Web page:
Tuesday, May 7, 2013

Unfortunate Civil War Impressions at Chancellorsville, Part II~More Tips for the Challenged Re-enactor of the Female Persuasion!


Unfortunate Civil War Impressions at Chancellorsville, Part II~More Tips for the Challenged Re-enactor of the Female Persuasion!








Make-up is unacceptable unless one is portraying a woman of ill-repute aka “fast “or in modern parlance, a ho’, in a place such as New Orleans.  Reputable ladies do not wear paint.  As an added incentive to eschew paint, please note that makeup skews one’s face in a period photograph.  Rouge and red lipstick will show as black in wet plate collodion photographs. We have scene more than one woman leave our studio horrified at the result, which is not the fault of an innocent camera.

Now, I will address what is usual and customary for a period dress. There are myriad options available. What is not optional is a corset. A properly fitted corset is not uncomfortable. Once I’m laced and dressed for the day I barely recall that I am wearing a corset.  Women of all classes wore corsets.  Many women avoid corsets because they think them uncomfortable. But really, one looks much more attractive in those tight fitting bodices when the “girls” are lifted by one’s corset and the waist cinched a bit. And there are some pretty corsets available to make one feel good all under!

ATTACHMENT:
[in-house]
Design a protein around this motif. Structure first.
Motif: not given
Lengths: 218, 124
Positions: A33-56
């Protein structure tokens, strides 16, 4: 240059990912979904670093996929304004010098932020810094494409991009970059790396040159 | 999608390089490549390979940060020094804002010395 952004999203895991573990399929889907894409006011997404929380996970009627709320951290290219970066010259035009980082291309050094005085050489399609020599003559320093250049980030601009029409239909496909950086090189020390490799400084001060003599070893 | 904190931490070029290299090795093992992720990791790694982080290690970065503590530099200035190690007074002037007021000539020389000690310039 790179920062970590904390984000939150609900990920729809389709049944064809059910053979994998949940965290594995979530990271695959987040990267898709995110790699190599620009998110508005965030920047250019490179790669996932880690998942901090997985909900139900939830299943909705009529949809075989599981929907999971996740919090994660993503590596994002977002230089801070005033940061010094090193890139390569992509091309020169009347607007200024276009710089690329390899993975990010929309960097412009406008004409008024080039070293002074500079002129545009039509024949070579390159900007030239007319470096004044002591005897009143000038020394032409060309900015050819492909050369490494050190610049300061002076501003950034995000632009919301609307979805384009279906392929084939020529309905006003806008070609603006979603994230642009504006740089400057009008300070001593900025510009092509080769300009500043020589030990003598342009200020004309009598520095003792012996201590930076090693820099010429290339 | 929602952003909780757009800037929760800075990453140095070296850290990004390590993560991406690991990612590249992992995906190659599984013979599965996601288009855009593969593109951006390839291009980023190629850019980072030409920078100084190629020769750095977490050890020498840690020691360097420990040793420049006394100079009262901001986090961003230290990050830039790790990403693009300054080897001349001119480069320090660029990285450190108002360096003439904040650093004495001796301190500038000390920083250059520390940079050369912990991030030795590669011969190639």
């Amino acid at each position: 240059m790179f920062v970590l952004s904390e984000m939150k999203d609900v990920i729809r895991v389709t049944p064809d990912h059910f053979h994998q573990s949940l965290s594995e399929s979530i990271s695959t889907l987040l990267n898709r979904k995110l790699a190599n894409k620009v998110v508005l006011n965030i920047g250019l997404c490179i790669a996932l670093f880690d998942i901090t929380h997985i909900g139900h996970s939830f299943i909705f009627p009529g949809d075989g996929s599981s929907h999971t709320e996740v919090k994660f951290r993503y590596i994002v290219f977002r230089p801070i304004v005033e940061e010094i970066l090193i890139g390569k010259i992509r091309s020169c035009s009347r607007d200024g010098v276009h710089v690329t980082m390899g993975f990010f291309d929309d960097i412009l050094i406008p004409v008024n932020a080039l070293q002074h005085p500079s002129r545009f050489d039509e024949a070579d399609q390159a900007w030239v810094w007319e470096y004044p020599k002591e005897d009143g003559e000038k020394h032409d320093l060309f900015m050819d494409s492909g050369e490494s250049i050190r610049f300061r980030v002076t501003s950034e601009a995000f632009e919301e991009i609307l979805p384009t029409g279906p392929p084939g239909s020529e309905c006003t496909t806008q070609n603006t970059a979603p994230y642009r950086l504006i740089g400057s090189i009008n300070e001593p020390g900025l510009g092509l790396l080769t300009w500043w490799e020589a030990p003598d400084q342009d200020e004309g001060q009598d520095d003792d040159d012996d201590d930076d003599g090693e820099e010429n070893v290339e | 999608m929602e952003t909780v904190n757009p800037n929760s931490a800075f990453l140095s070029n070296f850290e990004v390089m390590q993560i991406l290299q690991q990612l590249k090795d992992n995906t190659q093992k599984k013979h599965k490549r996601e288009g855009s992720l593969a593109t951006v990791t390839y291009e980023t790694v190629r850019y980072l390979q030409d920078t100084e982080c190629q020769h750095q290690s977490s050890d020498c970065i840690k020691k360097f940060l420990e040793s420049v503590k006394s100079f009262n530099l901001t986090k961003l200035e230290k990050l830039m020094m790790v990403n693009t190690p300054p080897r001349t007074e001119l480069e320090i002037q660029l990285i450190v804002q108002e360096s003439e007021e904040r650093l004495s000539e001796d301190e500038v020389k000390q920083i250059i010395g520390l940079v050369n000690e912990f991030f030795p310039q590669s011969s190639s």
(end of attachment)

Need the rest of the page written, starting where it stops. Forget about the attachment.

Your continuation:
A dress is, in nearly every example for women over 20, a bodice attached to a skirt sewn from the same fabric and pattern. Unless one is a child or wearing a ball gown, an 1860’s dress fastens in the front with buttons or hooks and eyes, has long sleeves and is made from cotton, wool, silk or a blend of these fibers. Look at CDVs, surf the web, or buy Donna Abraham’s books for inspiration.
Here is the link.: http://www.abrahamslady.com/
 Use it!

And please, DO NOT WEAR A SEPARATE WHITE BLOUSE AND COTTON SKIRT!  Look at the photographs. Where was they wore! Help the general public understand they way they were.




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